When to use: After cleansing, before serums, creams/oils. AM and PM.

Niacinimide 10% + Zinc 1% (Water-based)
Basically a topical form of vitamin B3. There are loads of studies that say this vitamin, when used in skincare, can even out sebum production, reduce the appearance of spots, and repairs the skin’s moisture barrier. In short: fewer pimples, less oil and more moisture stays in your skin. Most products contain about 6% niacinimide, so 10% is a heftly whack. The zinc is supposed to reduce skin oiliness and act as an anti-inflammatory.

When to use: After cleansing/toning, before creams oils. Do not use at the same time as vitamin C. AM and/or PM.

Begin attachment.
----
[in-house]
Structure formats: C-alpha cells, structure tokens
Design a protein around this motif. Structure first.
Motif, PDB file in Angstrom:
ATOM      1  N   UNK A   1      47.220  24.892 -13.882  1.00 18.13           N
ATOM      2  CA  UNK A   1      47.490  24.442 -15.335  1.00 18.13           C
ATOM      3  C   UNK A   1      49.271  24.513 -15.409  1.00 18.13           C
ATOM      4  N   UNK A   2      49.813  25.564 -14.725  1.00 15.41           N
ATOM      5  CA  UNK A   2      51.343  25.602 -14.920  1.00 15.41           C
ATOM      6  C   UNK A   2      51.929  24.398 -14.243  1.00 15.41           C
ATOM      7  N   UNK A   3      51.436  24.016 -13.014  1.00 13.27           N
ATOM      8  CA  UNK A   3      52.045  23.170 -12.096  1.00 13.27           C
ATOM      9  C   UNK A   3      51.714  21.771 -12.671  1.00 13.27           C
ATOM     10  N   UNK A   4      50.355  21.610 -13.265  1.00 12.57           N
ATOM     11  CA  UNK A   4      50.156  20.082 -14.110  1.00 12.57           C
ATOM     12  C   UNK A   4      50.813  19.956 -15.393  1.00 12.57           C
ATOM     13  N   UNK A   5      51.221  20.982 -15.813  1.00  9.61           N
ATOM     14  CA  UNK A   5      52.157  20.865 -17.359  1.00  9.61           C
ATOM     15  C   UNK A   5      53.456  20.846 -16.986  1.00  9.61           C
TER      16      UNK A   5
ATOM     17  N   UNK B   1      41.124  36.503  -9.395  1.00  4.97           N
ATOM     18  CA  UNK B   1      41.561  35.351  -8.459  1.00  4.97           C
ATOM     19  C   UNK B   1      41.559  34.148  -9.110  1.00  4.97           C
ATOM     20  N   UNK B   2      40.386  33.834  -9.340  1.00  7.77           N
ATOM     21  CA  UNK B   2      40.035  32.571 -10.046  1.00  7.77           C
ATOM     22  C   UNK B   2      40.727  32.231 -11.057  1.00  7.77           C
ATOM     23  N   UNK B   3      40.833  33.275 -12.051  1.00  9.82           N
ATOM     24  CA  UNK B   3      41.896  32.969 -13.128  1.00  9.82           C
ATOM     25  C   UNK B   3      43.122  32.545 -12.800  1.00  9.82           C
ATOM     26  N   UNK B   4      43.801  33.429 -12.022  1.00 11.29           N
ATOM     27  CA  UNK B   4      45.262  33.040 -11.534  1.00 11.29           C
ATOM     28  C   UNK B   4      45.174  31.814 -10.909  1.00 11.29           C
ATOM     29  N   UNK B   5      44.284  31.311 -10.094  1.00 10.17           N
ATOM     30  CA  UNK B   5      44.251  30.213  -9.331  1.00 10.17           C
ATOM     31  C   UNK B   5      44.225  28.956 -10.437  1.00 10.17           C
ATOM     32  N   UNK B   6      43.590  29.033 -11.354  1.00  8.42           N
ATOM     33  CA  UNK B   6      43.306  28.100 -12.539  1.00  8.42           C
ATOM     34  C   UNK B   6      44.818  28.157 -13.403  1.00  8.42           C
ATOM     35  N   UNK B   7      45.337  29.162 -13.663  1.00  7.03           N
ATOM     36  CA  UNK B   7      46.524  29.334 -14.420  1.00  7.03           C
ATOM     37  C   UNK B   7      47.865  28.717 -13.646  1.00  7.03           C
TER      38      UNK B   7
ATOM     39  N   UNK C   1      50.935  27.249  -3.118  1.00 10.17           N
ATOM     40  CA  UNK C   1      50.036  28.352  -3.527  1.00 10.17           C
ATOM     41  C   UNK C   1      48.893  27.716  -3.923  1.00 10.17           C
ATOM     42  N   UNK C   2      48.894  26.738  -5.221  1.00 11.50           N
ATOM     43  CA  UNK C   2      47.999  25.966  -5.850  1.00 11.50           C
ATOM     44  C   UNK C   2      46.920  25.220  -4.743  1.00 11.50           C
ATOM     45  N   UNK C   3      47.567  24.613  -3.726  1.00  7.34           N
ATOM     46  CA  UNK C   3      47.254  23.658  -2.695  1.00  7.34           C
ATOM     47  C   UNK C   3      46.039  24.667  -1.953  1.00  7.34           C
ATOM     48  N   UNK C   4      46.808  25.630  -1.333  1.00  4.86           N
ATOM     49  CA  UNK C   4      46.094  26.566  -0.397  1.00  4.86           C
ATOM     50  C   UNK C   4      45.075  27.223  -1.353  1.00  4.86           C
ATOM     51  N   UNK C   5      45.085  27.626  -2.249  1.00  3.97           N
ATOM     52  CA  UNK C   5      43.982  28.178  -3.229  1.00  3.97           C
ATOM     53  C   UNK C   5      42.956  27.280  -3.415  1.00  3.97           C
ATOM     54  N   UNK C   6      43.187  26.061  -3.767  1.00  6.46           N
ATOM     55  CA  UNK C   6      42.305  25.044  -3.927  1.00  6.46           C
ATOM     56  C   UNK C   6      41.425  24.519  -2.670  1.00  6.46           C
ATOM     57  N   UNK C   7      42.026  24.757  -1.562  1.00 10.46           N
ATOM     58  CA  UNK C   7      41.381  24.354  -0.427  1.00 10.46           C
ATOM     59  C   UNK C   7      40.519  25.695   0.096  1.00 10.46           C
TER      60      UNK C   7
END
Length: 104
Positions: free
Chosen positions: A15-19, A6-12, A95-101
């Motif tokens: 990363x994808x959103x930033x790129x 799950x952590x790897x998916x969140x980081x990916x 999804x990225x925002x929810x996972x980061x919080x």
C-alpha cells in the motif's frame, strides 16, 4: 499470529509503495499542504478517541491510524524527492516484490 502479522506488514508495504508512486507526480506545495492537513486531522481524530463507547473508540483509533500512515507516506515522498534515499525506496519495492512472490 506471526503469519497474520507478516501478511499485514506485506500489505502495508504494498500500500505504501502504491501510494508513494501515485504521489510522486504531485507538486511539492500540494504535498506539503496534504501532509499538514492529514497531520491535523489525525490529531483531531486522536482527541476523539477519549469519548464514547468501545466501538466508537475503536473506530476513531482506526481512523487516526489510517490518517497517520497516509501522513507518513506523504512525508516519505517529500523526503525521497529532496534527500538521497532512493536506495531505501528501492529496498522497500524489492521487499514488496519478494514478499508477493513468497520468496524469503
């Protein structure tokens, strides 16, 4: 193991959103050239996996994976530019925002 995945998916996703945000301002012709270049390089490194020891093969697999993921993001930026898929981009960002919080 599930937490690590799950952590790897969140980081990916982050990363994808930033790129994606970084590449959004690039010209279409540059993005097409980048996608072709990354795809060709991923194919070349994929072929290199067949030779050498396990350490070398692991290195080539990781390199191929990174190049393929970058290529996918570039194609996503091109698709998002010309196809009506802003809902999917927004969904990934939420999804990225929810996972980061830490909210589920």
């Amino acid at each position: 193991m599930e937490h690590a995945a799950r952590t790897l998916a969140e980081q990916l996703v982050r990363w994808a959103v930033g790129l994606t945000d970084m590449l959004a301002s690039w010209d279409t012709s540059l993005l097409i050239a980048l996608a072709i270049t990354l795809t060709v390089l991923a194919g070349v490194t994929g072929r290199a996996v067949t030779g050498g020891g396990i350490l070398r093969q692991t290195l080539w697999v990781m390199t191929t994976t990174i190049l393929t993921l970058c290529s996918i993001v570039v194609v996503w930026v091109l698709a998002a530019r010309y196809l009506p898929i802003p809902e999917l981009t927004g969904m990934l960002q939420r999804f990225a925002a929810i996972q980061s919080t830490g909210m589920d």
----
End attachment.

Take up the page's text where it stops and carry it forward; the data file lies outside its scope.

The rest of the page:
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Retinol 2%
A lot of people have heard of retinol and they’ve been told they should be using it but they don’t exactly know what it’s for. What does it even do? It kicks fine lines’ butts and reduces signs of aging and sun damage, that’s what. This concoction contains 2% pure retinol, which is pretty strong. It’s recommended that you dilute this baby by mixing a few drops into other creams at first, to introduce the product gradually to your skin.

When to use: Use either mixed in with or before creams/oils. Don’t combine this with any other retinoids. PM only.

AHA 30% + BHA 2% Peeling Solution (water-based)
If you’re a regular reader of my beauty musings, you’ll know I’m mega obsessed with chemical exfoliants. This one is a doozy. It’s an at-home “peel” solution that won’t leave you looking like Samantha from Sex and the City. In fact, the whole peel name is rather a misnomer, as the treatment doesn’t actually peel, per se. It gives a deep scrub with zero abrasiveness, sort of dissolving dead skin cells and leaving your skin much less prone to congestion.